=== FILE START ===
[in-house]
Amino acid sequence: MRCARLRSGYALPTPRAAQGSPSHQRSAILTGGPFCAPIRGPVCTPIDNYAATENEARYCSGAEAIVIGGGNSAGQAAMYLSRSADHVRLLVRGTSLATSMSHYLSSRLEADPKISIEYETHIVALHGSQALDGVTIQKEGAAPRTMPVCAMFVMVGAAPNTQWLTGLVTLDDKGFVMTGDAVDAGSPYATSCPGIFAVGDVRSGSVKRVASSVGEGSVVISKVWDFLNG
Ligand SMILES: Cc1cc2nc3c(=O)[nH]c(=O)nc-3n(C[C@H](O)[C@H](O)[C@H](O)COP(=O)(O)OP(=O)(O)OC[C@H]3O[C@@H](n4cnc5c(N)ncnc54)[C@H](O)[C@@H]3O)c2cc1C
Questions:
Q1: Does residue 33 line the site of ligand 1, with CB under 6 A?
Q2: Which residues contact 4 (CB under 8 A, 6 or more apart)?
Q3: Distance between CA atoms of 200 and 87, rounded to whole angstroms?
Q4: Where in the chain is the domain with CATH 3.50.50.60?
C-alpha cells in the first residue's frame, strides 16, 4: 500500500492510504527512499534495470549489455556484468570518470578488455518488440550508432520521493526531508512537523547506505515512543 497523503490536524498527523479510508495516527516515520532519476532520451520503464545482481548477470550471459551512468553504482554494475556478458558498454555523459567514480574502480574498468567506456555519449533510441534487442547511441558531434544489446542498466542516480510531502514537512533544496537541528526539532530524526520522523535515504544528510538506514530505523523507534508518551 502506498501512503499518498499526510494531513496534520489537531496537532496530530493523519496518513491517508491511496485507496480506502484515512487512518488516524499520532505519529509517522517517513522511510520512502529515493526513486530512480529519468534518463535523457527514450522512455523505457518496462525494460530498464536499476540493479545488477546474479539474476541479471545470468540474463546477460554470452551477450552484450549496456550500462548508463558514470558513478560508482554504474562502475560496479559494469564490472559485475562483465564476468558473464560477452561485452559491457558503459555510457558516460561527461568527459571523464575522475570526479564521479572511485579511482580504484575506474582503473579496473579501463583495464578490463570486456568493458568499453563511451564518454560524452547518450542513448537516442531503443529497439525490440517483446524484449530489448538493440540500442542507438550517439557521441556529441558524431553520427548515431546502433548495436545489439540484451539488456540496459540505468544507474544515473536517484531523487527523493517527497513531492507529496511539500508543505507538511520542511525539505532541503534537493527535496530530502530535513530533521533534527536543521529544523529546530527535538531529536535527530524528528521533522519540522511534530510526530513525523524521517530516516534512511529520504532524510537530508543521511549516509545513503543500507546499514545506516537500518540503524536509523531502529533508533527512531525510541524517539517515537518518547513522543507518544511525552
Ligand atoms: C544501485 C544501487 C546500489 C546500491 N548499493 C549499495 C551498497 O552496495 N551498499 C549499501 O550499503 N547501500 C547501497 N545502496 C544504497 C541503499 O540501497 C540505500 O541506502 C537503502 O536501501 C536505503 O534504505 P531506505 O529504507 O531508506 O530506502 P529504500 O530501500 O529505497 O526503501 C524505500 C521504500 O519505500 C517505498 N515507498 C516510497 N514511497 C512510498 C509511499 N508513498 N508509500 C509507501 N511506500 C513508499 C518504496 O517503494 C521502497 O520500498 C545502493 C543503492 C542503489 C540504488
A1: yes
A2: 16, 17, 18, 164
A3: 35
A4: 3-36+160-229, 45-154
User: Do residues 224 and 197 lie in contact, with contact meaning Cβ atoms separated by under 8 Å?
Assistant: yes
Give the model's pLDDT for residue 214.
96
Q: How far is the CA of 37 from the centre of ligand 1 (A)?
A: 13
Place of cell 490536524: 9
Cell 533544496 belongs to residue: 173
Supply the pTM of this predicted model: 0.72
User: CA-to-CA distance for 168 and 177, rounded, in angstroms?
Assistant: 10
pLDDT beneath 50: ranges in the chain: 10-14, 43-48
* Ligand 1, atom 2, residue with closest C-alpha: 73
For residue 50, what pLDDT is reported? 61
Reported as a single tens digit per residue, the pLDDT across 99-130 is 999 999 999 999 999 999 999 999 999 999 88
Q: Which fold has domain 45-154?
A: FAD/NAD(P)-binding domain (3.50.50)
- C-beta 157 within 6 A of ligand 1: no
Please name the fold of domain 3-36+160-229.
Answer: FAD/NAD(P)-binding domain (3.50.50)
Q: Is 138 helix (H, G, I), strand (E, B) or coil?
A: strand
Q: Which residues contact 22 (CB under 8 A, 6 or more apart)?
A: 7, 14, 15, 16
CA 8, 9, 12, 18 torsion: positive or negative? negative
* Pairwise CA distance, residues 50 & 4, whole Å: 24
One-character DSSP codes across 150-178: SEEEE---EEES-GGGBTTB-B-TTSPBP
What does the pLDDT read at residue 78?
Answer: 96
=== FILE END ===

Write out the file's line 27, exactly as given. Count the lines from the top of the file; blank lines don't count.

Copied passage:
* Ligand 1, atom 2, residue with closest C-alpha: 73